Date of Award


Document Type


Degree Name

Master of Science (M.S.)


Pharmaceutical and Chemical Sciences

First Advisor

William K. Chan

First Committee Member


Second Committee Member

Geoff Lin-Cereghino


Aryl hydrocarbon receptor (AHR) is a ligand-activated transcription factor that regulates biological responses to planar aromatic hydrocarbon. AHR activates gene transcription by binding to its corresponding enhancer with its partner-aryl hydrocarbon receptor nuclear translocator (ARNT). In addition, this receptor has been shown to regulate xenobiotic-metabolizing enzymes such as cytochrome P450. AHR exists widely in body tissues and affects bioactivation of carcinogenic compounds, T cell differentiation, fatty acid synthesis, cell proliferation, hematopoietic stem cell differentiation, respiratory reactivity, and insulin sensitivity. Although the precise mechanism illustrating the endogenous AHR function remains unclear, there has been intense interest in exploring AHR as a potential target for the treatment of diseases such as cancer and autoimmune diseases. It is known that mouse ahr d-allele possesses low ligand-binding affinity, whereas mouse ahr b-allele has a higher ligand-binding affinity. The d-allele functions more similarly to human AHR than the b-allele, which is most commonly studied. Human AHR can be rather difficult to study since it is relatively unstable and less sensitive to some ligands in vitro. Thus we generated a deletion construct which has the ligand-binding domain of human AHR and hoped that the expression yield could be increased.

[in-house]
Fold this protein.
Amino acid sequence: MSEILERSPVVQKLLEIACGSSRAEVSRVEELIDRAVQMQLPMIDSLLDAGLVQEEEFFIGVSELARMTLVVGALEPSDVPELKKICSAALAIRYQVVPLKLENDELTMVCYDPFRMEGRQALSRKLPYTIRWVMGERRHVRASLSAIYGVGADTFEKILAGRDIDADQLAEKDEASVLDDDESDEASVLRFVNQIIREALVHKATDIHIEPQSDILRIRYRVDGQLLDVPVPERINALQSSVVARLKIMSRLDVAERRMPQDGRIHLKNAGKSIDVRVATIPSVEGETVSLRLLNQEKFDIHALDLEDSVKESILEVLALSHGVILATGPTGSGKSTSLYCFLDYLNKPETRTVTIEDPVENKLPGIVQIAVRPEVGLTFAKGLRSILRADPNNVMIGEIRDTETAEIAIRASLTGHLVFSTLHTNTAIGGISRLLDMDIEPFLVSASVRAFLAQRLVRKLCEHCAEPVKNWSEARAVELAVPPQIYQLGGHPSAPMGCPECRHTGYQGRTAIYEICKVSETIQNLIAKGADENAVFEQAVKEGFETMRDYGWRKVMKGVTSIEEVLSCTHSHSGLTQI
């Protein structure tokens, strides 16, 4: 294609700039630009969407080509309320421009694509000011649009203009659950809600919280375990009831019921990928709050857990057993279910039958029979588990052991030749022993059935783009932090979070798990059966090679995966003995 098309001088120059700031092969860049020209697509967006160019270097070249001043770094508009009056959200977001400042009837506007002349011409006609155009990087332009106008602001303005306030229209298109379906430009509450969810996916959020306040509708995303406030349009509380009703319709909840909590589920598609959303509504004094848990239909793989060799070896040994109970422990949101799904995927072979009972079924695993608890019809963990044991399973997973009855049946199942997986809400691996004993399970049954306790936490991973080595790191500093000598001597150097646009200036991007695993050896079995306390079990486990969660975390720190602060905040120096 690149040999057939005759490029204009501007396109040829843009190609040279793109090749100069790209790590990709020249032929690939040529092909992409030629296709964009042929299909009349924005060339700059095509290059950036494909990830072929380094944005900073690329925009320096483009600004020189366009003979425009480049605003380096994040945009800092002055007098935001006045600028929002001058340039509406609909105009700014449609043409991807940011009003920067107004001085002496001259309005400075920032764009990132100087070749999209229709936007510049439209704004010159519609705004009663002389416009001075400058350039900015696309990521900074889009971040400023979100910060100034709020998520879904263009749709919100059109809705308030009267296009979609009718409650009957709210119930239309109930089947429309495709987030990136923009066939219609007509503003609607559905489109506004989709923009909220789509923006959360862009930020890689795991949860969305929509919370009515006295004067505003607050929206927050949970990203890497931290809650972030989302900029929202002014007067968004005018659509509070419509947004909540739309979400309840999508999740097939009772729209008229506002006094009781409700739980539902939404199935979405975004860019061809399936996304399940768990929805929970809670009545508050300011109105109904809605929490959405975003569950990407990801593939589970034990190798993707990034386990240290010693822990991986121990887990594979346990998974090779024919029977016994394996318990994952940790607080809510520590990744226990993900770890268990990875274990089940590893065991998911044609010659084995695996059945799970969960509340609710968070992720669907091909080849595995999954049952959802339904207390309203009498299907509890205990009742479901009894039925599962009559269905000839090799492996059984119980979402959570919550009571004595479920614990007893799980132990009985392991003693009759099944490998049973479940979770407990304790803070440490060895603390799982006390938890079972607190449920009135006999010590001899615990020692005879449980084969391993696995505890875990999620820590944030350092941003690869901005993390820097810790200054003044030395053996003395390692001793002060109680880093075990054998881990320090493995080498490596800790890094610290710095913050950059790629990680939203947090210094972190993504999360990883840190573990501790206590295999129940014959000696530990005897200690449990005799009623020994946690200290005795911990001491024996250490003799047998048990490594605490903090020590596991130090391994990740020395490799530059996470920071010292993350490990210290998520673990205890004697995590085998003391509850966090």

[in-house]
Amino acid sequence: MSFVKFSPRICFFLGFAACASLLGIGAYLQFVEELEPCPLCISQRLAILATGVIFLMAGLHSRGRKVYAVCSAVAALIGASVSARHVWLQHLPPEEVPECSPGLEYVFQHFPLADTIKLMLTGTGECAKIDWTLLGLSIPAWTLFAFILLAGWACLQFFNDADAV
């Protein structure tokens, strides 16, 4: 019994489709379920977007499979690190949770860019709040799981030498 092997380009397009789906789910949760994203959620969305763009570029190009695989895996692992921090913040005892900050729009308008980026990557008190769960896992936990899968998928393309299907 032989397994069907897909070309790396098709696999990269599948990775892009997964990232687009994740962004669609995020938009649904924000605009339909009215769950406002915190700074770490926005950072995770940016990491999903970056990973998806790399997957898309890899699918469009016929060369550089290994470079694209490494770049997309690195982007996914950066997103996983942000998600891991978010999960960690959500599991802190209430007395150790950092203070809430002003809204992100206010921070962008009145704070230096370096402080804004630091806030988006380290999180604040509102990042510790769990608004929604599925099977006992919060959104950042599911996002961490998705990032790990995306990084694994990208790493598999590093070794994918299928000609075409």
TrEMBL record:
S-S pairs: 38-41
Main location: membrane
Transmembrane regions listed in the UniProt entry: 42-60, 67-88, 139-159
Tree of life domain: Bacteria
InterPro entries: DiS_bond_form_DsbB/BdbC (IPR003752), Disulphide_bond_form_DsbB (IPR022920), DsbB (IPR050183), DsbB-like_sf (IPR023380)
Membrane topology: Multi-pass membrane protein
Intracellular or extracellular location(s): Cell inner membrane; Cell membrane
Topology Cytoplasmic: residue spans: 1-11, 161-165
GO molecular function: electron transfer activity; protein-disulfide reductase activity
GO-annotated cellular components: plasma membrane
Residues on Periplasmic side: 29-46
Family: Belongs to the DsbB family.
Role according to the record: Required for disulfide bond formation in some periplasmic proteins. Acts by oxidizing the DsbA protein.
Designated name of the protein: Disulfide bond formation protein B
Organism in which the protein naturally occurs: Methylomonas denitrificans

Here, I present the process and the results of expressing the mouse full-length b-allele of AHR and the human AHR ligand binding domain (LBD, amino acids 108 to 400) in Pichia pastoris. A higher enrichment of the b-allele and LBD was observed in wild-type yeast (yJC100) strain when compared to the protease-deficient yeast (ySMD1163) strain. This observation was consistent with the increased copy number in the wild-type strain. Although the LBD transcript was detected in both the wild-type and protease-deficient strains, the LBD protein was only detected in the wild-type strain.